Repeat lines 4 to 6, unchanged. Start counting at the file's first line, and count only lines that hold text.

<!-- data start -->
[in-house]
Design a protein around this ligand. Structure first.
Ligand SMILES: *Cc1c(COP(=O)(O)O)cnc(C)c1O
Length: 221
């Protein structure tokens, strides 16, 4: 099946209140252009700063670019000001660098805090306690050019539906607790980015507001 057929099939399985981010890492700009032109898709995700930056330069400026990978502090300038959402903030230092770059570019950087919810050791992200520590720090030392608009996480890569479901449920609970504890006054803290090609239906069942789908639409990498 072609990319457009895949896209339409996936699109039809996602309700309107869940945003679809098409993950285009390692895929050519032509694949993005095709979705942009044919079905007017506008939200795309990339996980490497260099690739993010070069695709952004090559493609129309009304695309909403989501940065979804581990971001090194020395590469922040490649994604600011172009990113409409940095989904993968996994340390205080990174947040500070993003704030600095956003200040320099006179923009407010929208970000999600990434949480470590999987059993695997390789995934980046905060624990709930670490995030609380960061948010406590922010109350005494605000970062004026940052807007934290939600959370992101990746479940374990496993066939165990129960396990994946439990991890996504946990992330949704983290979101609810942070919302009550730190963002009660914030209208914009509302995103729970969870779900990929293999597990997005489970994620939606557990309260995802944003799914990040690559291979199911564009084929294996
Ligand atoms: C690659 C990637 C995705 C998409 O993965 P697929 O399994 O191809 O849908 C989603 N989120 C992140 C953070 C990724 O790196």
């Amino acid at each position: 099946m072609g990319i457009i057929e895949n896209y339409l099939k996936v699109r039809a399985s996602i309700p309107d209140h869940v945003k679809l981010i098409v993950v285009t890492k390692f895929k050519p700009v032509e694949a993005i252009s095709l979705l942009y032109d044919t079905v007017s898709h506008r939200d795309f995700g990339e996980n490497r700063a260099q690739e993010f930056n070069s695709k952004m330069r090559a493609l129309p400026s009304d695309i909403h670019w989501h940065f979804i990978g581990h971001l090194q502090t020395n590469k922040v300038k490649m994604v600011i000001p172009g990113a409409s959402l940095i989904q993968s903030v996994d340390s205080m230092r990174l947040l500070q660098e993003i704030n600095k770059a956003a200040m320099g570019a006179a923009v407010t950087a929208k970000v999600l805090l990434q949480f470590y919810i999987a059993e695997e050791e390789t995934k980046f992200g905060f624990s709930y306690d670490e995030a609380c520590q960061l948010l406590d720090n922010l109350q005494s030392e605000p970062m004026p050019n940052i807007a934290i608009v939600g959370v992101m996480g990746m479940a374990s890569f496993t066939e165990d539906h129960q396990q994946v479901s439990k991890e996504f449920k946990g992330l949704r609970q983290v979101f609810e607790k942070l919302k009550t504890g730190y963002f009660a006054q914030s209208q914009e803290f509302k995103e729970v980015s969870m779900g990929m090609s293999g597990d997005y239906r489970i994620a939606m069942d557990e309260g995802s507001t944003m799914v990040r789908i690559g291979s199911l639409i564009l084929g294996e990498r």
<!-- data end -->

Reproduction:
Length: 221
């Protein structure tokens, strides 16, 4: 099946209140252009700063670019000001660098805090306690050019539906607790980015507001 057929099939399985981010890492700009032109898709995700930056330069400026990978502090300038959402903030230092770059570019950087919810050791992200520590720090030392608009996480890569479901449920609970504890006054803290090609239906069942789908639409990498 072609990319457009895949896209339409996936699109039809996602309700309107869940945003679809098409993950285009390692895929050519032509694949993005095709979705942009044919079905007017506008939200795309990339996980490497260099690739993010070069695709952004090559493609129309009304695309909403989501940065979804581990971001090194020395590469922040490649994604600011172009990113409409940095989904993968996994340390205080990174947040500070993003704030600095956003200040320099006179923009407010929208970000999600990434949480470590999987059993695997390789995934980046905060624990709930670490995030609380960061948010406590922010109350005494605000970062004026940052807007934290939600959370992101990746479940374990496993066939165990129960396990994946439990991890996504946990992330949704983290979101609810942070919302009550730190963002009660914030209208914009509302995103729970969870779900990929293999597990997005489970994620939606557990309260995802944003799914990040690559291979199911564009084929294996
Ligand atoms: C690659 C990637 C995705 C998409 O993965 P697929 O399994 O191809 O849908 C989603 N989120 C992140 C953070 C990724 O790196």